Air Force preparing new model, materials to inform its contribution to JADC2

Deputy CIO Winston Beauchamp says a model detailing the second pillar of JADC2 is scheduled for release to industry next week.

A cross-functional team formed by the Air and Space Force to support the services’ major contributions to the Pentagon’s concept for next-generation command and control is preparing to release new materials in support of unfolding work, Air Force Deputy Chief Information Officer Winston Beauchamp told DefenseScoop on Thursday.

Each military branch is responsible for enabling a major component of the Pentagon’s Joint All Domain Command and Control (JADC2) — and the Air Force’s overarching offering is the Advanced Battle Management System (ABMS).

“Last fall, the Secretary of the Air Force laid out a series of seven operational imperatives, or actions that would be necessary to pursue in order to counter threats from potential adversaries around the world and necessary to determine the certainty of those threats. ABMS is one of those operational imperatives,” Beauchamp said at DefenseScoop’s DefenseTalks event.

Near that time, the branch’s leadership also declared that the period of experimentation for ABMS was over and officials would be moving into operational definition deployment — and that actions going forward would be focused in that direction. 


“And so the cross-functional team that is leading that activity right now is co-chaired by the Air Force and the Space Force,” Beauchamp said.

That team recently came up with four pillars “for how we move forward” and make real progress to enable JADC2 to come to full fruition. The first pillar involves “defining the foundation,” according to Beauchamp, who elaborated on each during the discussion.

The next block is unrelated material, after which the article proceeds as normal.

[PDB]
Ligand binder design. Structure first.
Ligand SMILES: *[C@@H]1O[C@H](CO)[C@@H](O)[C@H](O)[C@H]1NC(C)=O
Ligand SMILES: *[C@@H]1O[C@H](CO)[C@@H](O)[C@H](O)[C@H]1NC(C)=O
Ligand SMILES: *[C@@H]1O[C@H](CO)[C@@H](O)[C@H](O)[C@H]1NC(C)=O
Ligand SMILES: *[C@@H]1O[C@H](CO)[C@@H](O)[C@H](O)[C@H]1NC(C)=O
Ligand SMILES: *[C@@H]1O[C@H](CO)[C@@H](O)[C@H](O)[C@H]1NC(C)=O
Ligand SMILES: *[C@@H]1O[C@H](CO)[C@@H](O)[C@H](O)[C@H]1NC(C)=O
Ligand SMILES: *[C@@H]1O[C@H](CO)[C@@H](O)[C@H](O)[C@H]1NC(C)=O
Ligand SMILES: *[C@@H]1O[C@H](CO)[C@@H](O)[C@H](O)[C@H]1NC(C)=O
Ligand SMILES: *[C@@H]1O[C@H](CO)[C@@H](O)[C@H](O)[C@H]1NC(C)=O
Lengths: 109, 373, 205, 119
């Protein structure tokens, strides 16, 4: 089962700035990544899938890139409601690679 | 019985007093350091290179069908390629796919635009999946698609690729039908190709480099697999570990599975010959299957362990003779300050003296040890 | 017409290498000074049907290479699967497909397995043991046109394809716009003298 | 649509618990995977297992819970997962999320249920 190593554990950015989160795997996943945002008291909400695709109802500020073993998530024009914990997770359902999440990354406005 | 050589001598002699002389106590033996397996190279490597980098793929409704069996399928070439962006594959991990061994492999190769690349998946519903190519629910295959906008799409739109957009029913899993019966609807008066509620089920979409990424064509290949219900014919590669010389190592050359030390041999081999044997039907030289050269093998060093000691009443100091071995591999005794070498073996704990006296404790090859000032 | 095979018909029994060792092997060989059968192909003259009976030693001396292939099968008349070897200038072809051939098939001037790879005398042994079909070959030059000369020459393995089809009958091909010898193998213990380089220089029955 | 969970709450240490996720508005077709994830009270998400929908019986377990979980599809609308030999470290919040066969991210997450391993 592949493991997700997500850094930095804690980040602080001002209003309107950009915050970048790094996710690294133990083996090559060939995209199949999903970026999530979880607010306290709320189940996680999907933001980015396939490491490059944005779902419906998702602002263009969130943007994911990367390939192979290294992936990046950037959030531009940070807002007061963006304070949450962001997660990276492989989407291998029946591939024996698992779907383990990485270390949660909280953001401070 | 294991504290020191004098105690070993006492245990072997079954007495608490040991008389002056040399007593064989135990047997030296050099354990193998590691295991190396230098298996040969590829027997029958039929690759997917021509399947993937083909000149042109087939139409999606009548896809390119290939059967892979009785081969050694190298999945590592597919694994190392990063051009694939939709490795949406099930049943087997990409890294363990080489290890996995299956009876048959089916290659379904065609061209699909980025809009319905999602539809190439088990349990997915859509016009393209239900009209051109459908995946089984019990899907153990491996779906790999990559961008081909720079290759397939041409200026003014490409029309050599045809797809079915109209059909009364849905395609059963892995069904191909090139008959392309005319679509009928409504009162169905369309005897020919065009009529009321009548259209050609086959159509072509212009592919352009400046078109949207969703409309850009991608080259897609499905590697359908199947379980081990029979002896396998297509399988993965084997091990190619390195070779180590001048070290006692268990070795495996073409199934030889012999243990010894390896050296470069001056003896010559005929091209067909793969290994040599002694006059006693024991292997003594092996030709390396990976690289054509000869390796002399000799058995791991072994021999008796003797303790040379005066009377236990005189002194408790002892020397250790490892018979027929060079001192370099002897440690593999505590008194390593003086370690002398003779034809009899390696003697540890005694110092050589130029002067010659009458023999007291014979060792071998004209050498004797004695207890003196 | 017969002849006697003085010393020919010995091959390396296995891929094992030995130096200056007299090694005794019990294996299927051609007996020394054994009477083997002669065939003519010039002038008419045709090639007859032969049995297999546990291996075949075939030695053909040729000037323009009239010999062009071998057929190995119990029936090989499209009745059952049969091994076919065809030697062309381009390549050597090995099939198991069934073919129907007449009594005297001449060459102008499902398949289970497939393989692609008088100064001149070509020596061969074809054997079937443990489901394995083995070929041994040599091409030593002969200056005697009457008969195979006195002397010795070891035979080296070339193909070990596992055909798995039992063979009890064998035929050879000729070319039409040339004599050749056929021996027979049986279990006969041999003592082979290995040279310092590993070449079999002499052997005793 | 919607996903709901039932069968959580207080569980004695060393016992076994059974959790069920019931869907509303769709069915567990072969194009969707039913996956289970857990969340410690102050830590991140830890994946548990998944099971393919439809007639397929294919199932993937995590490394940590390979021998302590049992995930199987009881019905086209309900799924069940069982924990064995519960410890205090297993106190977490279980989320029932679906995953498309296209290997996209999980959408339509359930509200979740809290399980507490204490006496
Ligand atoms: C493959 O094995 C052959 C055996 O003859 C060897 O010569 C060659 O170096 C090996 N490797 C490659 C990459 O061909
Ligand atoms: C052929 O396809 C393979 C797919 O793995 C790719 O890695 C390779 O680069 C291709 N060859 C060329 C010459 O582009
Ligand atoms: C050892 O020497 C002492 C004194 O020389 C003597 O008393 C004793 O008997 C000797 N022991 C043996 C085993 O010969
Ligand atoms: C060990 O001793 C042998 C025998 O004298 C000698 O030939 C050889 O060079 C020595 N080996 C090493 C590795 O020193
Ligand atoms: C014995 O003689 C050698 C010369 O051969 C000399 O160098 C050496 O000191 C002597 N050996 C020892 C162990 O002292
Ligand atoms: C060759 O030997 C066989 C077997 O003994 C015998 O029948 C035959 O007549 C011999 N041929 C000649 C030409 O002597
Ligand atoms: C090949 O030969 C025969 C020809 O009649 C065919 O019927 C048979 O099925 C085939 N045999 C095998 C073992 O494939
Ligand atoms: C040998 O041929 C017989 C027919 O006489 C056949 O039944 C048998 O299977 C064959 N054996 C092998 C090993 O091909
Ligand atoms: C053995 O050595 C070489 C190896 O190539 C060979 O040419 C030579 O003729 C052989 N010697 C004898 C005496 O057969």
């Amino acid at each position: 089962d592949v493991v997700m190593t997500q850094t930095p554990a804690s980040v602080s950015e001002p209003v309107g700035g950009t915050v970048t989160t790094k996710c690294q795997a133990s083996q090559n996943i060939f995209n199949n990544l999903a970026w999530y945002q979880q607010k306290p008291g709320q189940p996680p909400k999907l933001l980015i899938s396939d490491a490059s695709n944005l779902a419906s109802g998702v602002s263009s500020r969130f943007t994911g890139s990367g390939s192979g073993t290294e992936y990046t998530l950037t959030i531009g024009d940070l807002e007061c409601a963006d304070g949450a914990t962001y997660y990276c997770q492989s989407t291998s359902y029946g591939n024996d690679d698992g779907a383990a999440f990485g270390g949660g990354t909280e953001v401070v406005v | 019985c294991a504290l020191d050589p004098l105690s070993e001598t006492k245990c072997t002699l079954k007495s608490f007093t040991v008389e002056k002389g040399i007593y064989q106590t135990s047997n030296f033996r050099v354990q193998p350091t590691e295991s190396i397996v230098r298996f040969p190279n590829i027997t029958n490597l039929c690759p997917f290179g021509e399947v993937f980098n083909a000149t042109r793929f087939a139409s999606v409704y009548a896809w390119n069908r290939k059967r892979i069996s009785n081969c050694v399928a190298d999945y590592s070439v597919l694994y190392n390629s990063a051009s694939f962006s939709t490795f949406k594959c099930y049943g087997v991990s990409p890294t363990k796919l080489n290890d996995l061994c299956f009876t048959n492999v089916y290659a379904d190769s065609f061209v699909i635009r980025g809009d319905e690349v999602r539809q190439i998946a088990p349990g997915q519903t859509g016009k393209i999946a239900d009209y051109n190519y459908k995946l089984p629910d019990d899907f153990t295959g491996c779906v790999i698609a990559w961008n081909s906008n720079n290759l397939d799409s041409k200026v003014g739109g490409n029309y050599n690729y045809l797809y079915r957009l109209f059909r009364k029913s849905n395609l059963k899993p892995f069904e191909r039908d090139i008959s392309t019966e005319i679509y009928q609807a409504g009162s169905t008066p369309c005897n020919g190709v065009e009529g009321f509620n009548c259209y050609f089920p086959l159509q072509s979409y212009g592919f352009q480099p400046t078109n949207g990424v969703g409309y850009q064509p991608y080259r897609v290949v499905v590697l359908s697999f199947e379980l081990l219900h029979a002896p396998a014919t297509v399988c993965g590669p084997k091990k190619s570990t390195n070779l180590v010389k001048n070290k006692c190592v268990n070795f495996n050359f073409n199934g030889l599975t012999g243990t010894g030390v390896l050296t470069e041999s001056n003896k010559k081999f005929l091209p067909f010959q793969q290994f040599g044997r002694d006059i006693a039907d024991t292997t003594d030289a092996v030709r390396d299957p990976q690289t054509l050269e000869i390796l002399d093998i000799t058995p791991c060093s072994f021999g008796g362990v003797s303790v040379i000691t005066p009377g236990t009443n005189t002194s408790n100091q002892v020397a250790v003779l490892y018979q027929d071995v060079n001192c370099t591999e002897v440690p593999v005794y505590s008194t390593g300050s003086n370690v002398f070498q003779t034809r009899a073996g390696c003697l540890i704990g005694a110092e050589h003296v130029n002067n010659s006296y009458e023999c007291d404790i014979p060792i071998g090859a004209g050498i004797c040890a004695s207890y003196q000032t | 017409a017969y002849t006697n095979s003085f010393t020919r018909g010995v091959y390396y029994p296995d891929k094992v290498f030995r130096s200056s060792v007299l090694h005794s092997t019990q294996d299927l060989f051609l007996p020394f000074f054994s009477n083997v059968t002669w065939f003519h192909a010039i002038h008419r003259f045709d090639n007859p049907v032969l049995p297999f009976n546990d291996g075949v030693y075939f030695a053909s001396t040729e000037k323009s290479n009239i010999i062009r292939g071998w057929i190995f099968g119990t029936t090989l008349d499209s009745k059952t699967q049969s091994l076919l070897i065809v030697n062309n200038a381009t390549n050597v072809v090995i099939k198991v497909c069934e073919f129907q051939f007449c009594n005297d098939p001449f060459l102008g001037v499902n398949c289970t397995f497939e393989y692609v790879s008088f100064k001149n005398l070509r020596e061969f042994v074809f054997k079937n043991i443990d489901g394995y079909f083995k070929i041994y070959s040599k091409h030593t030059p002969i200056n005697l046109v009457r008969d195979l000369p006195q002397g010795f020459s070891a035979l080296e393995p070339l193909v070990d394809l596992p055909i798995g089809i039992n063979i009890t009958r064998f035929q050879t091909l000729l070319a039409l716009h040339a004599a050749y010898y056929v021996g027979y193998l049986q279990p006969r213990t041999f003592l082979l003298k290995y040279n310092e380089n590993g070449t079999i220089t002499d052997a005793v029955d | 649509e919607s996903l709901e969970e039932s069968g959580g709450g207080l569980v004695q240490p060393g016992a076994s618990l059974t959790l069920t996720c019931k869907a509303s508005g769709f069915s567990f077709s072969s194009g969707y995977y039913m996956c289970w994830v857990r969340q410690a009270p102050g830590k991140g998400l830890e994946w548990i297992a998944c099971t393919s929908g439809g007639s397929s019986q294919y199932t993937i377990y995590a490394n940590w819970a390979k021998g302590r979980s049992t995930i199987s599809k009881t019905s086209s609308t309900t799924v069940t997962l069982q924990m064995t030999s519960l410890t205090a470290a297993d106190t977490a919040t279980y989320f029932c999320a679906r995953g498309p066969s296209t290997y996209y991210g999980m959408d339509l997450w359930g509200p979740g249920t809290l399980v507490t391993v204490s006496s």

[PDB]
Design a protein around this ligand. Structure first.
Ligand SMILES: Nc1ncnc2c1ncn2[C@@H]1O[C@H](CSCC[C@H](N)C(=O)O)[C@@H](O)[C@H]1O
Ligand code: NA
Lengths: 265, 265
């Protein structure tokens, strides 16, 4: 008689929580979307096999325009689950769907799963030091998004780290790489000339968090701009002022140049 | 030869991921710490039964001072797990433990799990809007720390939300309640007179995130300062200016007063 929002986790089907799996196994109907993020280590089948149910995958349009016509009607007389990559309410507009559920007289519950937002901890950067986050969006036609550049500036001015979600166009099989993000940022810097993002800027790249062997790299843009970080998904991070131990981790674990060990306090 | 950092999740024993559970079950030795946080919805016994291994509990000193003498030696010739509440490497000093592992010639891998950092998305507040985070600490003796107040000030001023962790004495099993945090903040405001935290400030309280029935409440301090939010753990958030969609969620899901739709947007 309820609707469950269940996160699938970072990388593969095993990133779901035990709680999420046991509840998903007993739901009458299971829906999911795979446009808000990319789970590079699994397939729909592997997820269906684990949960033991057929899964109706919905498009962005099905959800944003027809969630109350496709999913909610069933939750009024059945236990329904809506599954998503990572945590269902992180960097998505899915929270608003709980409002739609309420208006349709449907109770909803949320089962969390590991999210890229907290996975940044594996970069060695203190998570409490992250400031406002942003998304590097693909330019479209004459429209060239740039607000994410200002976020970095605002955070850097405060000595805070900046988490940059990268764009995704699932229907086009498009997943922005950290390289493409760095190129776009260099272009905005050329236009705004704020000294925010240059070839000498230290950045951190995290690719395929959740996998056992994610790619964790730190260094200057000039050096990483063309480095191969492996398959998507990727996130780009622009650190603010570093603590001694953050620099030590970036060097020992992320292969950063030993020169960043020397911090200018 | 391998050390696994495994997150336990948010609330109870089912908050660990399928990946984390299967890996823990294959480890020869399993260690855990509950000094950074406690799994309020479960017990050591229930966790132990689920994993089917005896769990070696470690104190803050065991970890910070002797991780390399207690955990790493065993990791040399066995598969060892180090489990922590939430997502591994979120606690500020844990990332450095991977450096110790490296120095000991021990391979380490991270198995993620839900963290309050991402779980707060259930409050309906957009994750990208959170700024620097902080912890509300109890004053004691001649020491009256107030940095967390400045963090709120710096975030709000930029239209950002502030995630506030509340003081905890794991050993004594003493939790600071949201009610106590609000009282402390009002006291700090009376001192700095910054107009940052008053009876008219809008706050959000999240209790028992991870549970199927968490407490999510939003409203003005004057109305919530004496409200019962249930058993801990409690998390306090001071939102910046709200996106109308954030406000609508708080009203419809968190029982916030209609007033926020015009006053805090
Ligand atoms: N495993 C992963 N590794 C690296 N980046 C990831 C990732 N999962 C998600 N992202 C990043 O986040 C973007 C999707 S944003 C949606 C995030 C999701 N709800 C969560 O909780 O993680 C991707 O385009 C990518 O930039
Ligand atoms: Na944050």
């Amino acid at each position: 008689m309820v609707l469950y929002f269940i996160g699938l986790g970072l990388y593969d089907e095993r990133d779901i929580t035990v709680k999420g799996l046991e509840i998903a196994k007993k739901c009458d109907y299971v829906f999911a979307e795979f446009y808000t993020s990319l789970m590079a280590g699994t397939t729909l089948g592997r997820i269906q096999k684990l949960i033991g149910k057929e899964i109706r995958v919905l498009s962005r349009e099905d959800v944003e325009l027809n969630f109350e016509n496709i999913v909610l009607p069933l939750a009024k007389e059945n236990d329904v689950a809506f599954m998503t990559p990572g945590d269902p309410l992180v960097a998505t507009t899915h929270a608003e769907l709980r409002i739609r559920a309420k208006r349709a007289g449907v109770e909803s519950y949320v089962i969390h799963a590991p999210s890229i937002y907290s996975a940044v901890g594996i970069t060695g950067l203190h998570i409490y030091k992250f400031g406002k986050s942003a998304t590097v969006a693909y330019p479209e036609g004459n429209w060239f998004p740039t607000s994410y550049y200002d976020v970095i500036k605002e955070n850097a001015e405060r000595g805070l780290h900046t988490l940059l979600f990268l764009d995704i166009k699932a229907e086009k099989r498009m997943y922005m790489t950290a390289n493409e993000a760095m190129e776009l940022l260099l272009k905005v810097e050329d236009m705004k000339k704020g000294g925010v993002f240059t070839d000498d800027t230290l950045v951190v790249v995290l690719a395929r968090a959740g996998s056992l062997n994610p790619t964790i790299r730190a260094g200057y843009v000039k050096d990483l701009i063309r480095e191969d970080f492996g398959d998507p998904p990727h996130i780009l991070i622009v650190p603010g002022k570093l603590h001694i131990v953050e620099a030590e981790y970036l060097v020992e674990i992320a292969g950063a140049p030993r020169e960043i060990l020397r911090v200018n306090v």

“This is everything from definition of common terminology and critical lexicon, and setting some poor baseline principles for what a mess will be, and how it will define the future for data management command and control,” he added.

The second pillar involves “coming up with a model-based approach.” In that capacity, Beauchamp noted that the team is developing a model that would allow them to perform repeatable experimentation against proposed solutions, defining measures of effectiveness, and measures of performance, that would allow objective evaluation. 

“And that model is scheduled to be released to industry next week,” Beauchamp confirmed. 


The third pillar will seek to define a “passing scenario,” the deputy CIO noted, which would basically set the operational context for ABMS and how it should be measured. And the final pillar will enable the establishment of a common operational picture “that will put the operational context to that pacing scenario,” Beauchamp noted, so that officials can strategically lay out the roles, missions, functions and responsibilities, across the department, and joint partners

“That work is intended to be complete by the end of January,” Beauchamp said.

Brandi Vincent

Written by Brandi Vincent

Brandi Vincent is DefenseScoop's Pentagon correspondent. She reports on emerging and disruptive technologies, and associated policies, impacting the Defense Department and its personnel. Prior to joining Scoop News Group, Brandi produced a long-form documentary and worked as a journalist at Nextgov, Snapchat and NBC Network. She was named a 2021 Paul Miller Washington Fellow by the National Press Foundation and was awarded SIIA’s 2020 Jesse H. Neal Award for Best News Coverage. Brandi grew up in Louisiana and received a master’s degree in journalism from the University of Maryland.

Latest Podcasts